The open participation of the Arab policemen in the killing and looting was allowed to pass without impunity. The Haganah, which was in its infancy, was unprepared to aid the situation. The British authority's callousness and lack of adequate response encouraged the rioting to take root everywhere. The Jewish Legion (which was a part of the British army) came to the defense of the Jaffa Jews but without permission from the authorities. The British considered the possibility of court-martialling these Jewish soldiers who brought calm to the situation. The disturbance raged for several days wherever Arabs came into contact with Jews.
As a result of the Disturbances of 1921 an Arab delegation, headed by Musa al Hussein who was former mayor of Jerusalem, visited London to confer with the Colonial Secretary, Winston Churchill. During their visit on November 2, the anniversary of the Balfour Declaration, new disturbances broke out in Palestine. These disturbances were clearly designed to strengthen the hand of the delegation in its negotiations. During this time, four Jews and one Arab were killed.
The use of violence to achieve political aims crystallized on the Arab side. The Arabs, who did not fear a Jewish attack, utilized violence and terror as a means of expressing their dissatisfaction with the British policy and to exert influence on the British policy makers. Therefore violence was stepped up whenever it was needed to pressure the British.
Soon after the riots, Sir Herbert Samuel suspended Jewish immigration giving the Arabs and their terror another win. With the Jewish High Commissioner declaring a halt to Jewish immigration, the violence brought again solid results. Subsequently the Churchill White Paper of 1922 finalized the exclusion of Transjordan from the National Home, contrary to the San Remo decision of 1920, and introduced the concept of restricted Jewish immigration giving the Arab terror its first victory even though the Arabs rejected this White Paper. The Jews meekly accepted the White Paper and set a precedent showing that they were capable of accepting any difficult decision without complaint.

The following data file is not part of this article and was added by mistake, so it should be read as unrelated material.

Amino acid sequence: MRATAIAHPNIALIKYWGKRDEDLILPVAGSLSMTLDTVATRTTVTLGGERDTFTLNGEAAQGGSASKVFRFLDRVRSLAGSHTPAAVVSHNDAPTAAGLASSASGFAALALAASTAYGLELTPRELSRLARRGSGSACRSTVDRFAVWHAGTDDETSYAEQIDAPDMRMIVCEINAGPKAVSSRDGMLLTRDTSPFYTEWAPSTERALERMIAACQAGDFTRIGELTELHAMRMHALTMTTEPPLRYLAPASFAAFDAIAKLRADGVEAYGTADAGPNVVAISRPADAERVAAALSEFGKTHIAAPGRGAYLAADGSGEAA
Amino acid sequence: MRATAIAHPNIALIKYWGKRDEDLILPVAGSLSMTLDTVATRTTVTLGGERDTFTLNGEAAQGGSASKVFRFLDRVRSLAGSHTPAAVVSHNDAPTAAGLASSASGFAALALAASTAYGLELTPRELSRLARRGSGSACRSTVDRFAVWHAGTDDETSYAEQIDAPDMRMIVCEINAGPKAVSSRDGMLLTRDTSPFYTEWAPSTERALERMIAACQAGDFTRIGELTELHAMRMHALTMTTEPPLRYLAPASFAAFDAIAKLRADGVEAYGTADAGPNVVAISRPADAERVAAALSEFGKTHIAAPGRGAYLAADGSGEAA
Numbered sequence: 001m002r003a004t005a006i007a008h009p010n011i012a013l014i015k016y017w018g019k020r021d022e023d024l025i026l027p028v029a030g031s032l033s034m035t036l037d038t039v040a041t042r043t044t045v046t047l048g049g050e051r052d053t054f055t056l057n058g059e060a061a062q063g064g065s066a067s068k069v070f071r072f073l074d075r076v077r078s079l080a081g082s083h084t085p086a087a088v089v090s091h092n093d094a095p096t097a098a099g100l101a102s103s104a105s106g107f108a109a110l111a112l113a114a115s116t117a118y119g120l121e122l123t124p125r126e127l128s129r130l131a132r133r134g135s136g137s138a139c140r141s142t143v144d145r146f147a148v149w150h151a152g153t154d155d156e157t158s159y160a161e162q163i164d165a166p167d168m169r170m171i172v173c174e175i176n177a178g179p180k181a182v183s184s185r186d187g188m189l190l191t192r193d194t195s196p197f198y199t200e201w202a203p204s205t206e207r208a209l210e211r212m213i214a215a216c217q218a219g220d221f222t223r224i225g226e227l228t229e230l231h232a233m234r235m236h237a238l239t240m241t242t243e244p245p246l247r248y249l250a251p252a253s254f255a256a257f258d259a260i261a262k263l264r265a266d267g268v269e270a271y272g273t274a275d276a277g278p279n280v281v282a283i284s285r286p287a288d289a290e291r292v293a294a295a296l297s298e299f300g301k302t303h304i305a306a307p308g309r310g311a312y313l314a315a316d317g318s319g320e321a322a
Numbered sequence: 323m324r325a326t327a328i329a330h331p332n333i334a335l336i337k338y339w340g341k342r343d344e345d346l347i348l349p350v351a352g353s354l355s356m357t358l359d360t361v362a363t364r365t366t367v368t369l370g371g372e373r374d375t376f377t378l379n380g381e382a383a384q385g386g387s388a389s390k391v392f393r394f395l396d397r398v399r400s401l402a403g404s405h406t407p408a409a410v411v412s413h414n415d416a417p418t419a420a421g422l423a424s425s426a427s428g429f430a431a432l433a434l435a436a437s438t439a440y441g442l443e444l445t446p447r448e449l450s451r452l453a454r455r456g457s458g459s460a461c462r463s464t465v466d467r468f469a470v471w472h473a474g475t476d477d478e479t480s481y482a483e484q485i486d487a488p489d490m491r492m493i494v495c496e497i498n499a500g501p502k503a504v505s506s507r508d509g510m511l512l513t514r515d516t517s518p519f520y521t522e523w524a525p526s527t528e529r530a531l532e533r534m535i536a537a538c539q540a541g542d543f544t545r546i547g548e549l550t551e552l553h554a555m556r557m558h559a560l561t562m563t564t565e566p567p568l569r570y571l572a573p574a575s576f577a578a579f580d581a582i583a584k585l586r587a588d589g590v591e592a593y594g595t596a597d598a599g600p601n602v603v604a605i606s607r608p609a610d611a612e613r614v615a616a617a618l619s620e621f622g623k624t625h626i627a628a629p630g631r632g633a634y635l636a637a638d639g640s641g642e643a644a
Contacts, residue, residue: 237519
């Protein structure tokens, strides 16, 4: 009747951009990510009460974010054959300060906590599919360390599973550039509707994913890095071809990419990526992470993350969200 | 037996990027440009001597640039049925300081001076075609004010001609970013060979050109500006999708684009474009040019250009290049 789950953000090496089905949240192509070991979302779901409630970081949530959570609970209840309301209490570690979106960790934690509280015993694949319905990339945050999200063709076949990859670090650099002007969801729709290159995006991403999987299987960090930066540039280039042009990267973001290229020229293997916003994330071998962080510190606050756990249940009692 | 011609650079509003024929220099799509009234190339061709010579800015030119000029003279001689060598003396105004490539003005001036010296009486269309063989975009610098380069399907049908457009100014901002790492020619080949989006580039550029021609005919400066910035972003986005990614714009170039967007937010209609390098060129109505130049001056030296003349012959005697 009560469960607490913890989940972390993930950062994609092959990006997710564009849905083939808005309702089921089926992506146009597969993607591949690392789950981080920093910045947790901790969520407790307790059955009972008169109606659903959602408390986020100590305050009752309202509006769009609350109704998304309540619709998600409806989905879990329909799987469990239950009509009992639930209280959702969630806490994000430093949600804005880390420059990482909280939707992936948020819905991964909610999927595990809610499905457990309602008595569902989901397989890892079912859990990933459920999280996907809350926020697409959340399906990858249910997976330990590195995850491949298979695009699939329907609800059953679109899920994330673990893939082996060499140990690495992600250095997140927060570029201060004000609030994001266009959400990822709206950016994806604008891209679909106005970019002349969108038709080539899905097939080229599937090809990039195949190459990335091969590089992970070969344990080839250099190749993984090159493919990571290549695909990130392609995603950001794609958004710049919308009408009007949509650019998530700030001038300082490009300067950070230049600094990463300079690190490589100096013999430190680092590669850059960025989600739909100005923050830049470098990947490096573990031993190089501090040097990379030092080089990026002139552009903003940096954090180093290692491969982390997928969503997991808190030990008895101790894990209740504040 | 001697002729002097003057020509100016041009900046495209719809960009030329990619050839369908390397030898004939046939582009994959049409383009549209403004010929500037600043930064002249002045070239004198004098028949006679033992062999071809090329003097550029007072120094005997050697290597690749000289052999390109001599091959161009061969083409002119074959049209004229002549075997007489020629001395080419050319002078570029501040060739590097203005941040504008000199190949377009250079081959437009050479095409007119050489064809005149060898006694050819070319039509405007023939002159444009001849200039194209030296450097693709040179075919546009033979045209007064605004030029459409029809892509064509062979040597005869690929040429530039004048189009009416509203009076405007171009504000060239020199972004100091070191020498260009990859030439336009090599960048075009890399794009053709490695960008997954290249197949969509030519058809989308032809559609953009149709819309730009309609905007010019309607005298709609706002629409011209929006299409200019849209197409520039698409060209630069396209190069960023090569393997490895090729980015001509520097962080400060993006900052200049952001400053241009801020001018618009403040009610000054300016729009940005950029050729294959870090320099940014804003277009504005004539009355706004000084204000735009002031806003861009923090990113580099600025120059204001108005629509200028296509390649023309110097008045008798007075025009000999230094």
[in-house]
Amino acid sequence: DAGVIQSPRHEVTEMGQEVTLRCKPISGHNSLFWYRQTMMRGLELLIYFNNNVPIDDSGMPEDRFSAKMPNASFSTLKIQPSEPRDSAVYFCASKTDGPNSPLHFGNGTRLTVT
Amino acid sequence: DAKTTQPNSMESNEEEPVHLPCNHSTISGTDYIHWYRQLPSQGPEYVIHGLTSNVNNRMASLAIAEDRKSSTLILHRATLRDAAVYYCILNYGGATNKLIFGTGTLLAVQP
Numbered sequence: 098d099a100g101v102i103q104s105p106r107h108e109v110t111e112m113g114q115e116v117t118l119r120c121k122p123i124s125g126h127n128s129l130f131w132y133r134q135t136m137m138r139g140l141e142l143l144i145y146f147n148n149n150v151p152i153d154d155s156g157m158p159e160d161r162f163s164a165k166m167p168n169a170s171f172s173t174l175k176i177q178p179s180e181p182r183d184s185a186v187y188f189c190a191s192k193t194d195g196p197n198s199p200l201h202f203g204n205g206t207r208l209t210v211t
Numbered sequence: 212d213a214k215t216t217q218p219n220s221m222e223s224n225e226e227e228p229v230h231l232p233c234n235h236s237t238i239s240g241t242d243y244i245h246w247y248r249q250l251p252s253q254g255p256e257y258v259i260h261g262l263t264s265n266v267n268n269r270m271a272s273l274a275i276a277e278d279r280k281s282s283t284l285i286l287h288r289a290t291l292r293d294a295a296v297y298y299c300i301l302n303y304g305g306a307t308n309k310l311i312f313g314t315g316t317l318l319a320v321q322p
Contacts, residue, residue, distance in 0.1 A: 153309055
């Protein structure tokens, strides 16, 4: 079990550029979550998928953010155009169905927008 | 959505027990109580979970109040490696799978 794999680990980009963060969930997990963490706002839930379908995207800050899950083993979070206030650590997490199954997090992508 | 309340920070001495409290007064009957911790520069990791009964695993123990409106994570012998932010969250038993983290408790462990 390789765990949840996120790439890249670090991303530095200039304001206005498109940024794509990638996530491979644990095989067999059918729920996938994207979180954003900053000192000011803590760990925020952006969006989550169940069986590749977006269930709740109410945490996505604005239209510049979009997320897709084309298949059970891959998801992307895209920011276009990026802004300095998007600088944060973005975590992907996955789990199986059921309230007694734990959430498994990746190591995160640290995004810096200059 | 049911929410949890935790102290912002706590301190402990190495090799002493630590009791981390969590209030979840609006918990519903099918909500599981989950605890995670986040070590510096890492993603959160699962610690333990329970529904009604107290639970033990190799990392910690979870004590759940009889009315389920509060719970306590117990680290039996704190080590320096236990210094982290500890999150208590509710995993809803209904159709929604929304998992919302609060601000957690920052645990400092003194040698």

Herein was the formula for all successive Arab policies and demands. The British who desired Arab oil aided terror since it was in their national interests to leave their Jewish commitments. This game or policy as it was called continued until the British finally left Israel in shambles and gave the surrounding Arab countries the idea that they could successfully invade and massacre the local Jews and profit from their possessions.
In each case of terrorism, there are two scenarios: one is the terror attack; the other is the political goal. By use of terror, the Arabs have seen clearly that the large European nations will not stand up to terror. Because of their self interests in the Arab markets they refuse to act against terror.
Today terrorism has become more sophisticated. Where as the Arab countries were eager to do away with the tiny Jewish state, they realized that it was not easily achieved. After losing so many wars in such a disgraceful and humiliating manner, they have come to the conclusion that instead of fighting with their armies and inviting disaster, it is easier and cheaper to pay terrorist to carry on the fight. In this manner the plight of the Palestinian Arabs is always front page material and in the eyes of the politicians.
Hence we are now in the era of state aided terrorism. Instead of an Arab state spending vast fortunes to keep up its army, it can give a pittance to a terror group to continue the war in behalf of all of the Arabs. With the upswing in Muslim fundamentalism, it is not difficult to find starry eyed youths who are willing to end their lives with the promise of 72 virgins to attend to him in heaven.
The bottom line is that the Arabs have learned clearly: Terrorism pays, especially if it brings the results in a quick and decisive manner. Once terrorism is employed, the chances of the two sides sitting down and trying to work out differences are null. Why give in? If the other side does not give in, use more terror! It is cheaper than an invasion by the Arab armies, and with less Arab casualties.
What is the answer?
Is there really any doubt that terror will not cease as long as those Arabs see it as reaping benefits. Like a bully who is able to extort concessions from those who do not want to fight, so the terrorists ply their trade.
It is only when no concessions are made to terror by the United Nations, the European nations and the super powers that it may fade away. When those who utilize terror fail to reap any political gain through their acts, then the motivation will end. For the real point of terror is not to kill innocent people, but rather the use of the gruesome murder of innocent people as a method of achieving a political end.
from the October 2004 Edition of the Jewish Magazine